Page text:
Managing Editor's Note: The following is a statement from the doctors at Thoughtful House.
A study published yesterday in the Public Library of Science One (PLOS1), an on-line journal, failed to find evidence of measles virus in the intestinal tissue of 24 children with autistic regression and gastrointestinal symptoms. The findings contrast with those published in 2002 in which researchers from Ireland and the UK found measles in 75 of 91 biopsies from autistic children with GI inflammation, and in only 5 of 70 samples from non-autistic children . The children with autism in the 2002 study developed gastrointestinal symptoms and autistic regression after the MMR vaccine.
In the study published yesterday, conducted by three independent laboratories, only 5 of the 25 children developed these symptoms after the MMR vaccine and therefore, only these five are comparable to the 2002 study. This new study confirmed that results from the laboratory of Professor John O’Leary (one of the collaborators on the new study, and senior author of the 2002 study) were correct, and identical to the results obtained by the laboratories of the Centers for Disease Control and Prevention (CDC) and Dr. Ian Lipkin of Columbia University.
In that this new study affirms the reliability of Professor O’Leary’s laboratory and therefore of his previous findings, a major impact upon the current hearings in vaccine court is likely, wherein the government’s defense relies largely on the claim that Professor O’Leary’s finding of measles in the intestinal biopsy of Michelle Cedillo (a child with severe autism and epilepsy) was unreliable. The historical reliability of the measles assay used in Professor O’Leary’s laboratory is now confirmed.
The authors of the PLOS1 study make the erroneous claim that epidemiological studies have not supported an MMR-autism link, when in fact the CDC’s own study published in 2004 shows a significant association between autism and younger age at the time of MMR vaccination.
We are pleased to see that this new study provides further confirmation that children with autism suffer from gastrointestinal problems that deserve to be addressed as a priority.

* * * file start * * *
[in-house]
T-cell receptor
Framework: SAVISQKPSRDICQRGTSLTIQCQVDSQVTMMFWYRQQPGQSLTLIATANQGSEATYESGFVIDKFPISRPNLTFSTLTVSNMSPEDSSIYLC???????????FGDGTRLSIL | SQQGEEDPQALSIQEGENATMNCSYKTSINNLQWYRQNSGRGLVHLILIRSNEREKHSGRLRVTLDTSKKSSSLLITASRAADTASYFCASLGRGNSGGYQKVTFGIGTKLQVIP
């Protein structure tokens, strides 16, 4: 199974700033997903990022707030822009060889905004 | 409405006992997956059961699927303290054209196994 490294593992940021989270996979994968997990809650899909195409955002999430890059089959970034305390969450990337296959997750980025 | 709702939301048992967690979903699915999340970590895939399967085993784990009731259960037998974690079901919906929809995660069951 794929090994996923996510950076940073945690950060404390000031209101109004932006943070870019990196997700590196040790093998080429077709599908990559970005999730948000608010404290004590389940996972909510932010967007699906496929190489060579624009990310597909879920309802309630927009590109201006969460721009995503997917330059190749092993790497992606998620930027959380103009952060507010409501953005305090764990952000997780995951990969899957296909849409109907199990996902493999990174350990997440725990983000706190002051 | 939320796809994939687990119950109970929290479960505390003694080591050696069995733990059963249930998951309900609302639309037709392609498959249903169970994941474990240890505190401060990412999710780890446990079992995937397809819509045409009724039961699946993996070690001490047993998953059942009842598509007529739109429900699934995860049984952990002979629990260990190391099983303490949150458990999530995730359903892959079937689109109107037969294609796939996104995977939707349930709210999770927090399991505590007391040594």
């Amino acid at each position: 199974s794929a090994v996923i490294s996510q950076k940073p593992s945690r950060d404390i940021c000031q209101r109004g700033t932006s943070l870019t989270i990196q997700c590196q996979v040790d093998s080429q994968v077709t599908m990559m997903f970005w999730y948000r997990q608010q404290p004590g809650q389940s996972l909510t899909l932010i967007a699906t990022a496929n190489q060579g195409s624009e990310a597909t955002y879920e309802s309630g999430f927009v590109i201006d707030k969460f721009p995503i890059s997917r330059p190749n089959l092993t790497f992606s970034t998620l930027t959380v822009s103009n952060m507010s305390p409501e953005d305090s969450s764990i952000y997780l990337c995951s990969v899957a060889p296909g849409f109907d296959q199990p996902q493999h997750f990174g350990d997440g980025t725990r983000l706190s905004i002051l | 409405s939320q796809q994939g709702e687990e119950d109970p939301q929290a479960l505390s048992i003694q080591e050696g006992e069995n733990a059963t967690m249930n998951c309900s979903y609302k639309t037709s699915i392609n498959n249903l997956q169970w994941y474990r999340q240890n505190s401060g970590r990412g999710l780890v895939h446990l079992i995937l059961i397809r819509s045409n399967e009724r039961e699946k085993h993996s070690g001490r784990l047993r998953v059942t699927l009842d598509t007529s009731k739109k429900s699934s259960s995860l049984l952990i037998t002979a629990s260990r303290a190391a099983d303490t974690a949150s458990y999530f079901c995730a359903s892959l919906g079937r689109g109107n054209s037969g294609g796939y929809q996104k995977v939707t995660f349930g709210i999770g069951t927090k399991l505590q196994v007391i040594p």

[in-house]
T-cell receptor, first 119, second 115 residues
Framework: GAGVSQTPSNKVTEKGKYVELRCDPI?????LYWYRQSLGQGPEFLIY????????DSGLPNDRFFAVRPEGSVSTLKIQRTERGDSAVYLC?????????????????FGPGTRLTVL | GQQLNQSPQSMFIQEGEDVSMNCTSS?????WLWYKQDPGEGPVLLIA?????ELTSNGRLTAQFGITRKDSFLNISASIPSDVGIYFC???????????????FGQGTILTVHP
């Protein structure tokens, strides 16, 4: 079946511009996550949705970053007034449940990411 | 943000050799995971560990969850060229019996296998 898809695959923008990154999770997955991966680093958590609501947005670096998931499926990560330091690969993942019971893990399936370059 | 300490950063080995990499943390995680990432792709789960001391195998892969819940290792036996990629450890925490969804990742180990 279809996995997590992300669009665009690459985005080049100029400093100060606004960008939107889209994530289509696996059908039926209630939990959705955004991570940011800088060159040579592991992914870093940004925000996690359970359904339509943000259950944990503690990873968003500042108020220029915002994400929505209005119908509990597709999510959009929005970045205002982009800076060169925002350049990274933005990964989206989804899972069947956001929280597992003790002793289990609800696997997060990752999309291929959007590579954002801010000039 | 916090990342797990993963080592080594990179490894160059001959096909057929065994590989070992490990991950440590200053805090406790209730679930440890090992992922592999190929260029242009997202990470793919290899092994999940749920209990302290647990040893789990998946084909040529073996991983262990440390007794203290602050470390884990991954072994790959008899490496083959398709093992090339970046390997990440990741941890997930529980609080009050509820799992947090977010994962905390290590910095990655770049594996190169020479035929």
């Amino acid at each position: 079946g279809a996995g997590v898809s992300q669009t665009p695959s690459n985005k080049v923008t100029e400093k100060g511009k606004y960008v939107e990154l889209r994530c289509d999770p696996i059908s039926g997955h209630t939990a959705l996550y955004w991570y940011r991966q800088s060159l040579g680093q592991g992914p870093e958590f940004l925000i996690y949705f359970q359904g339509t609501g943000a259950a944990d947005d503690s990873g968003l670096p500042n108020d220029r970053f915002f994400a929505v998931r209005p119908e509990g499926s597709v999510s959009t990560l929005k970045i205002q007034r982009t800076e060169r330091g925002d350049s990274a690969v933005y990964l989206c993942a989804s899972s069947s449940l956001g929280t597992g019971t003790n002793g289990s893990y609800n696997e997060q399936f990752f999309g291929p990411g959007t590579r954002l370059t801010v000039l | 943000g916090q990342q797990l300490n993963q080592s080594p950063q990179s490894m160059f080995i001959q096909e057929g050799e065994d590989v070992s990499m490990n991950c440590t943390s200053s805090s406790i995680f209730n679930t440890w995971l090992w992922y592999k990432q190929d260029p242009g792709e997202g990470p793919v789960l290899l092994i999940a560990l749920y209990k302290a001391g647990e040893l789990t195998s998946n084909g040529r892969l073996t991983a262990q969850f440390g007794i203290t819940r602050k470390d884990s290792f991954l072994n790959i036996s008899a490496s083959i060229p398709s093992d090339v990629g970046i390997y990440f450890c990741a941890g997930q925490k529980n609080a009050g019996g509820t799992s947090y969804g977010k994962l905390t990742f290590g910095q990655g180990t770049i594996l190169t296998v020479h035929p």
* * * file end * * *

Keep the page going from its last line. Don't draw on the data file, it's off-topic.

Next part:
Dr. Andrew Wakefield, Executive Director of Thoughtful House Center for Children, whose work has focused on intestinal disease, and on the possible role of MMR vaccine in regressive autism in children with GI symptoms, welcomed these new findings. Dr. Wakefield was a co-author of the 2002 paper that, unlike yesterday’s study, examined children in the majority of whom there was a clear temporal link between MMR exposure and regression. Dr. Wakefield comments, “The search for the ‘footprints’ of measles virus in the intestine is merited, based upon the previous findings and the intestinal disease that is commonly found in these children. This new study rules out only one possibility – that the measles virus must remain for the long term in the intestine. We need to consider that the MMR vaccine can cause autism as a hit-and-run injury, but not necessarily leave the measles virus behind.”
While we welcome this study as a piece in the ever-growing body of evidence that illuminates the complexity of autism and the possible factors that cause it, it is clear that yesterday’s study does not establish that the MMR vaccine is not associated with autism. This work examines one small part of a very complex equation, and in fact by affirming Professor O’Leary’s laboratory and assay methods, it inadvertently endorses the validity of his 2002 findings of vaccine-strain measles virus in the gut tissue of a group of children with autism.
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